Dust off your telescope and prepare for a spectacular viewing opportunity of Mars in the night sky. The Earth will fly between the sun and Mars on April 8, 2014, and, for the several weeks around that time, Mars will be rising in the east when the sun is setting in the west. Mars will be at its brightest and best fiery red color.
Now is a good time to start watching for Mars in the night sky. Mars will look like a bright red star, although it shines with a steadier light than the twinkling stars. Mars rises in the east at mid-to-late evening. By the time April rolls around, Mars will be shining from dusk till dawn.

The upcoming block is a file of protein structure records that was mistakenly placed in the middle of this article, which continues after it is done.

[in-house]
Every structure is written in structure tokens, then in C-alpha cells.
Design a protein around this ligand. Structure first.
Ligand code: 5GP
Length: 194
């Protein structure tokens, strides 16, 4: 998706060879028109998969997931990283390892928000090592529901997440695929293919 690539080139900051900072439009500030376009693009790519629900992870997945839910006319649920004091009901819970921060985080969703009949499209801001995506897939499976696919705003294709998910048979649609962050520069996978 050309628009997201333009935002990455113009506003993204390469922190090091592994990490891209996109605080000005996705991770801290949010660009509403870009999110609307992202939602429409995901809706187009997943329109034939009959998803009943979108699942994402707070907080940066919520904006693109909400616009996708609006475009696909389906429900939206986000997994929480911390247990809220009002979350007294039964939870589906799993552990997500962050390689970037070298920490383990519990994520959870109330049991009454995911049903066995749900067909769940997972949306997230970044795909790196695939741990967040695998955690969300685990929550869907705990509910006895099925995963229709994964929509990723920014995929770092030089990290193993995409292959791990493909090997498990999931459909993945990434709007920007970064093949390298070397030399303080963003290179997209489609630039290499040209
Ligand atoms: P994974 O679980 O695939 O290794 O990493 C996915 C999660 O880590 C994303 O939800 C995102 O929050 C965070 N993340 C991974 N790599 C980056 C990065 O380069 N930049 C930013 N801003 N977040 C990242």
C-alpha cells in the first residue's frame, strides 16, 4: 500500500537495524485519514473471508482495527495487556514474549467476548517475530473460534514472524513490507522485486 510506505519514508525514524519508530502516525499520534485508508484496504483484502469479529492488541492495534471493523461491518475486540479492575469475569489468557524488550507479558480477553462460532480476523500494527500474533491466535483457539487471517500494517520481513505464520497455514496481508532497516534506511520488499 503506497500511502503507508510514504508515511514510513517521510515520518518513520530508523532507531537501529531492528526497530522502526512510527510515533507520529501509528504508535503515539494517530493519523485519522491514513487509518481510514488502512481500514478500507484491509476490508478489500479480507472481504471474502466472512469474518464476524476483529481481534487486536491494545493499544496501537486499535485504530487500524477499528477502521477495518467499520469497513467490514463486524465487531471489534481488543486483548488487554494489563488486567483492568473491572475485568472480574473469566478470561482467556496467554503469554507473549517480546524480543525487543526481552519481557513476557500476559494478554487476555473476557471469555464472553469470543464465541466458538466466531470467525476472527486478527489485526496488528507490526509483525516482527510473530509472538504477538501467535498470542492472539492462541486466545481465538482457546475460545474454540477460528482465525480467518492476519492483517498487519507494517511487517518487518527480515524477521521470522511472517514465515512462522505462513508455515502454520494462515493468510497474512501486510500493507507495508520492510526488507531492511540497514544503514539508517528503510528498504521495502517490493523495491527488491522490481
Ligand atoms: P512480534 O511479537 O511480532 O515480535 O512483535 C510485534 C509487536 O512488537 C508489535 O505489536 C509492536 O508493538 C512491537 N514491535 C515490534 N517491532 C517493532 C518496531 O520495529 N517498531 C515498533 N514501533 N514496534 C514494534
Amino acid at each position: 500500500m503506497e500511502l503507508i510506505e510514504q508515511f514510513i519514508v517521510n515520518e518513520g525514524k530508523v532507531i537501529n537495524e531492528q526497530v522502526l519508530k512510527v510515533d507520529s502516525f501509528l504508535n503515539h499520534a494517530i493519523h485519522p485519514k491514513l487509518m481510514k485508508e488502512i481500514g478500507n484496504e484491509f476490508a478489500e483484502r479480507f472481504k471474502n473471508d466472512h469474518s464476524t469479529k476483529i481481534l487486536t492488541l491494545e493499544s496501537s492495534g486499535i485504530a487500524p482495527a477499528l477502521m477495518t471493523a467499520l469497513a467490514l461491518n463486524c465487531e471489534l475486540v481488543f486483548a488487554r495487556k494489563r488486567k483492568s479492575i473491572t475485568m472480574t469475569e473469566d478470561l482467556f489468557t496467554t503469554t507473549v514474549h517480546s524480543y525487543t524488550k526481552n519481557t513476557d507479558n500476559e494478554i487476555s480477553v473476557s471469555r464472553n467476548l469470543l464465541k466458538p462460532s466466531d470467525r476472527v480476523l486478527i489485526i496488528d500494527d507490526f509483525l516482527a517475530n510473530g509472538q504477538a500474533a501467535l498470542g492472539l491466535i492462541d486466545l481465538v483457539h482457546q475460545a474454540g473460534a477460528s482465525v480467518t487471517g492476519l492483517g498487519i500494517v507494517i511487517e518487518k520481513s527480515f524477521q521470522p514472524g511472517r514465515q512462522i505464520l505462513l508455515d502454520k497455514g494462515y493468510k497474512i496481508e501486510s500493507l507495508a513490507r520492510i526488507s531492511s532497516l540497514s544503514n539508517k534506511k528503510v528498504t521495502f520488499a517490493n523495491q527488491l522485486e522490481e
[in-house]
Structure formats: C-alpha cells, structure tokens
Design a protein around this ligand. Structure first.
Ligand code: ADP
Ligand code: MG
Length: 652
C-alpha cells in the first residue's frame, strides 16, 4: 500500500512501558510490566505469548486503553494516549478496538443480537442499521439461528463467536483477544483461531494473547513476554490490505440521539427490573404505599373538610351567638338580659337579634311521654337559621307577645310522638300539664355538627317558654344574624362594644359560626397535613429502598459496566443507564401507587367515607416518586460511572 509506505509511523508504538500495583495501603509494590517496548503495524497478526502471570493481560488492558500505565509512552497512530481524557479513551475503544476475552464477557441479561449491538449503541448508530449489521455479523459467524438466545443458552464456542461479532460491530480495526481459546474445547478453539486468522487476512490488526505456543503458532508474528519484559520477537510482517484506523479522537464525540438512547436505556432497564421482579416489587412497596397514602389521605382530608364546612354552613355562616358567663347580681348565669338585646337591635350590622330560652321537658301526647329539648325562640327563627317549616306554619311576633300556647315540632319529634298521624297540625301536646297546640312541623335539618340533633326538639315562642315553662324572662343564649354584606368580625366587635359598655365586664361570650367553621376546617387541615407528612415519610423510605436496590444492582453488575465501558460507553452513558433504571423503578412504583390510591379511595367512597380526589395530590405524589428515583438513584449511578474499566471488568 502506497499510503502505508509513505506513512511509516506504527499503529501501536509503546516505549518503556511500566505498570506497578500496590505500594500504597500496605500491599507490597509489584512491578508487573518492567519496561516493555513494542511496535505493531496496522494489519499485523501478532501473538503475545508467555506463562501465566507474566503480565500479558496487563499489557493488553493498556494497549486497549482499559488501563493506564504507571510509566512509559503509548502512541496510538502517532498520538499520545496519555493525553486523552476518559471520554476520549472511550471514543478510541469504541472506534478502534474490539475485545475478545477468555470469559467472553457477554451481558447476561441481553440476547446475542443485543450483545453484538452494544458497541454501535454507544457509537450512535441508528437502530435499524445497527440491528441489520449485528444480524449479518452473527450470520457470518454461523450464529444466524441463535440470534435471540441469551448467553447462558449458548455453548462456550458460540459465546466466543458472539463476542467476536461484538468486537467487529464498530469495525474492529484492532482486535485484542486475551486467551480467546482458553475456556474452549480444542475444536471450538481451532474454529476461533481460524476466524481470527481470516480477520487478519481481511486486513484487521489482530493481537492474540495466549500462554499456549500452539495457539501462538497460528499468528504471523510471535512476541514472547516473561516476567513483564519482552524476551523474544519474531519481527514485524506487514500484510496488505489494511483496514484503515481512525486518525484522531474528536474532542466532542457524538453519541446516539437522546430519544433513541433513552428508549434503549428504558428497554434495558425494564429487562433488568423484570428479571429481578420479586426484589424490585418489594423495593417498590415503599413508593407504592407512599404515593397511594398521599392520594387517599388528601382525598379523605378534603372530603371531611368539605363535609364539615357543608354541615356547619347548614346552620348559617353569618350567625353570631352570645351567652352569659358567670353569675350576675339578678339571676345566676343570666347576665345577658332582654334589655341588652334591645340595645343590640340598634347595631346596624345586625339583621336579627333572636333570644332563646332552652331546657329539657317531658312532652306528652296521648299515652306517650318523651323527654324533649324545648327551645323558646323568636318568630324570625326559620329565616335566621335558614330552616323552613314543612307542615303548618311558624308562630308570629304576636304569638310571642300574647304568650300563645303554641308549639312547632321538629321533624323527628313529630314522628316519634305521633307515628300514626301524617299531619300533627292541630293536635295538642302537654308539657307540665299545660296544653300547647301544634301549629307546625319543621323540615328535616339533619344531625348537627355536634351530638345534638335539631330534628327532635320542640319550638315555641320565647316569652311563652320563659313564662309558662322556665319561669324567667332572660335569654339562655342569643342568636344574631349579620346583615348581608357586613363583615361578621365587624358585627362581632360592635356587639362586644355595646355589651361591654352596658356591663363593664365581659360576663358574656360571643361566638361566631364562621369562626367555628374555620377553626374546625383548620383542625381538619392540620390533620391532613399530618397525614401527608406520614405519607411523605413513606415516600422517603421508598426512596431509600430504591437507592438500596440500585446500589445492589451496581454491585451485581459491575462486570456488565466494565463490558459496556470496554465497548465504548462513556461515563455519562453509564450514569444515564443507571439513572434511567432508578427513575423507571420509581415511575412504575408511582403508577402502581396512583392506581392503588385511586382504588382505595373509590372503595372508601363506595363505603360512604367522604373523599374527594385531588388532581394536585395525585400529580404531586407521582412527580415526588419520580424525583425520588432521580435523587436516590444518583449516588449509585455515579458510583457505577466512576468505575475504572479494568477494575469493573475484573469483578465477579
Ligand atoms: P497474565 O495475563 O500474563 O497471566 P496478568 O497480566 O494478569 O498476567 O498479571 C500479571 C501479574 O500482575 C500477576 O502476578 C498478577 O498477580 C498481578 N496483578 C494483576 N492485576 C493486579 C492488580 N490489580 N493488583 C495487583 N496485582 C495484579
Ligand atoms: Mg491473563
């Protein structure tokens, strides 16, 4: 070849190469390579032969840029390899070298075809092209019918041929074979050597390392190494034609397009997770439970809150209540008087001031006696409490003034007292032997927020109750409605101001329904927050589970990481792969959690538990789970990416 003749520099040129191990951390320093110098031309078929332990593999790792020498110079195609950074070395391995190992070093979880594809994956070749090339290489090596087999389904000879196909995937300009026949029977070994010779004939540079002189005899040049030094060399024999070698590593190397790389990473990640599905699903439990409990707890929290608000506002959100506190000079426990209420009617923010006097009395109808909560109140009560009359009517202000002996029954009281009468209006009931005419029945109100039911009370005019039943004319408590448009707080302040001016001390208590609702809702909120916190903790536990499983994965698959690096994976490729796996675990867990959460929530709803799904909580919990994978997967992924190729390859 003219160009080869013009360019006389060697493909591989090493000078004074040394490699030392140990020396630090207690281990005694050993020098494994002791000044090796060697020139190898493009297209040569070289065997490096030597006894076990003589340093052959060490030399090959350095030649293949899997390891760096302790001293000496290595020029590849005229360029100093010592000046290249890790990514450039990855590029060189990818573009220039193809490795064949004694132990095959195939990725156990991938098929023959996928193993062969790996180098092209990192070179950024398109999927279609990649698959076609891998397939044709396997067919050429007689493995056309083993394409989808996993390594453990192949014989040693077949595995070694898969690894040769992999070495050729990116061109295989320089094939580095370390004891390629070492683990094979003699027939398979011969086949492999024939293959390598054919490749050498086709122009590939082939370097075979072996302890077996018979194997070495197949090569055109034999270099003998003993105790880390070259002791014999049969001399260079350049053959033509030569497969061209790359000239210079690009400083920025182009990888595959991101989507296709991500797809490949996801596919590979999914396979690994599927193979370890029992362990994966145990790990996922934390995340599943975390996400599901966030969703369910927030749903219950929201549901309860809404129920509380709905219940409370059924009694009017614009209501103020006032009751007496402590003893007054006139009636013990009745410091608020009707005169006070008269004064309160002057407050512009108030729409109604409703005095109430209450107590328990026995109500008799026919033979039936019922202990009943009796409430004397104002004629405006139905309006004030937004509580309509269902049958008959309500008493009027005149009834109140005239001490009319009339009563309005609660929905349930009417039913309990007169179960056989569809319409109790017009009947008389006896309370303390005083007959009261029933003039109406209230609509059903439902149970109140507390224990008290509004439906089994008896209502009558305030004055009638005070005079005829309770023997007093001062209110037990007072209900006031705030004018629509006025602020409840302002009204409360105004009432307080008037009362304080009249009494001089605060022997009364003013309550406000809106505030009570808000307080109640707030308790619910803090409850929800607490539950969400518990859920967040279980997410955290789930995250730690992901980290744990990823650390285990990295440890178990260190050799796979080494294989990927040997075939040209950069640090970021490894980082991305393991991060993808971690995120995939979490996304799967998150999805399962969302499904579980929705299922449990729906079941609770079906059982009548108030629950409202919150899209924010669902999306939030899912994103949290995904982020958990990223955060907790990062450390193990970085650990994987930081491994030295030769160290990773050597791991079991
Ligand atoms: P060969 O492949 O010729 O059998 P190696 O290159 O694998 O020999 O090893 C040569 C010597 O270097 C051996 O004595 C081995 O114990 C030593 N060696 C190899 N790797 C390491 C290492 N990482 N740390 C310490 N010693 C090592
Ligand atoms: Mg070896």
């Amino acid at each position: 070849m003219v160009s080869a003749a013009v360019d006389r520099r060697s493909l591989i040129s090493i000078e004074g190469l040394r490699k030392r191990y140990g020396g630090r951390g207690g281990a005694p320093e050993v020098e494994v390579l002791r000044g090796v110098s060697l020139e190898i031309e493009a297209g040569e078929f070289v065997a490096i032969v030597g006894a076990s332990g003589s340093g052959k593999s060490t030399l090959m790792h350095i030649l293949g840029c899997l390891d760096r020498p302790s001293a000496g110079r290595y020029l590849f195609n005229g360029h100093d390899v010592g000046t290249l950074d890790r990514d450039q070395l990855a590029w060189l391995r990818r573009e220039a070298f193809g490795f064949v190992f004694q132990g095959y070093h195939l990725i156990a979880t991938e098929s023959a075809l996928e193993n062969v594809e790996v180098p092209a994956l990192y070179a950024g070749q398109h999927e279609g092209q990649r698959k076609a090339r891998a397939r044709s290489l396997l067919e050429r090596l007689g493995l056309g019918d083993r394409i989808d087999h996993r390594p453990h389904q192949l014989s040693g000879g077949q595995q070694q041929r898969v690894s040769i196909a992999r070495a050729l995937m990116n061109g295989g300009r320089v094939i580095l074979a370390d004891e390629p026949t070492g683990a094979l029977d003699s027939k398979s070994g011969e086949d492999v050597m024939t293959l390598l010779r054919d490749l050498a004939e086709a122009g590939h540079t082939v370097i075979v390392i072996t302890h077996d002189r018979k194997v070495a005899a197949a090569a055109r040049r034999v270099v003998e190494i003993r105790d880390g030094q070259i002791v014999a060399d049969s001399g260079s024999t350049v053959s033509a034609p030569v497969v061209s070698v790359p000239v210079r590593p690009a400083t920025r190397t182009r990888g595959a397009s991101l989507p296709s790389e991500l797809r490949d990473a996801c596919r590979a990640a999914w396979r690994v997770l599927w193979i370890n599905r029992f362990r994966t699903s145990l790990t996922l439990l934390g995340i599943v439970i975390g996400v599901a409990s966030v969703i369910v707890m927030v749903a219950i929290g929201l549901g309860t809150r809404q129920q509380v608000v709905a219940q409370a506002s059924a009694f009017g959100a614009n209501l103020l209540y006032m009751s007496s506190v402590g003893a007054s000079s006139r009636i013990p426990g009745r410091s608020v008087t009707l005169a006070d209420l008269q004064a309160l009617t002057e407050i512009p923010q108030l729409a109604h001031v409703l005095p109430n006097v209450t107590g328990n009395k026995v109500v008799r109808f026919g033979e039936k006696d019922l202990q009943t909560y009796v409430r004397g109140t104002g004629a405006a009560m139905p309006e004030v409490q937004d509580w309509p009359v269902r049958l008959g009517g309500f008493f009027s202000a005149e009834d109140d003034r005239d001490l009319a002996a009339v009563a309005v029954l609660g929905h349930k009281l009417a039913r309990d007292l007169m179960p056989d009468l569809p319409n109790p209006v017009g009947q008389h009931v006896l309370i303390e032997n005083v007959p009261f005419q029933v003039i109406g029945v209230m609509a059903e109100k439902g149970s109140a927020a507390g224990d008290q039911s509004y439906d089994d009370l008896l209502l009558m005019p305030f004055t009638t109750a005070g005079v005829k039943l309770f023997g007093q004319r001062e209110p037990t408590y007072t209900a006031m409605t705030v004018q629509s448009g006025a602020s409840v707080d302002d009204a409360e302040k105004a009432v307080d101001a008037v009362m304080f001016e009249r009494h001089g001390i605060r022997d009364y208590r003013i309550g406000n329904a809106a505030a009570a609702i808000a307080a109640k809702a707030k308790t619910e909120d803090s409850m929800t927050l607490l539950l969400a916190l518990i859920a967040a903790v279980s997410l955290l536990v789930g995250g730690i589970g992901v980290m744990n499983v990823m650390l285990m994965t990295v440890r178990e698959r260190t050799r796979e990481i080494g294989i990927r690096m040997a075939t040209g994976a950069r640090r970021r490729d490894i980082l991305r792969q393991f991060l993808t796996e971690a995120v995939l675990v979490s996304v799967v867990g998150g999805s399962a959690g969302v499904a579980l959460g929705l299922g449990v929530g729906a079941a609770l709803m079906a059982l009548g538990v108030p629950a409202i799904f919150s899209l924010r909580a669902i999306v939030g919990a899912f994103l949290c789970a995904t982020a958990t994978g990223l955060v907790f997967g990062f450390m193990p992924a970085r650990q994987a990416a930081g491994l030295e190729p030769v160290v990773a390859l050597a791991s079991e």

Make note on April 13 and April 14 on your calendar. A bright waxing gibbous moon will pair up with the red planet on the night of April 13-14; the totally eclipsed full moon will couple up with Mars on the night of April 14-15.
Mars with its mysterious dark markings and a white polar cap will be easily visible in April’s night sky. Image Credit: NASA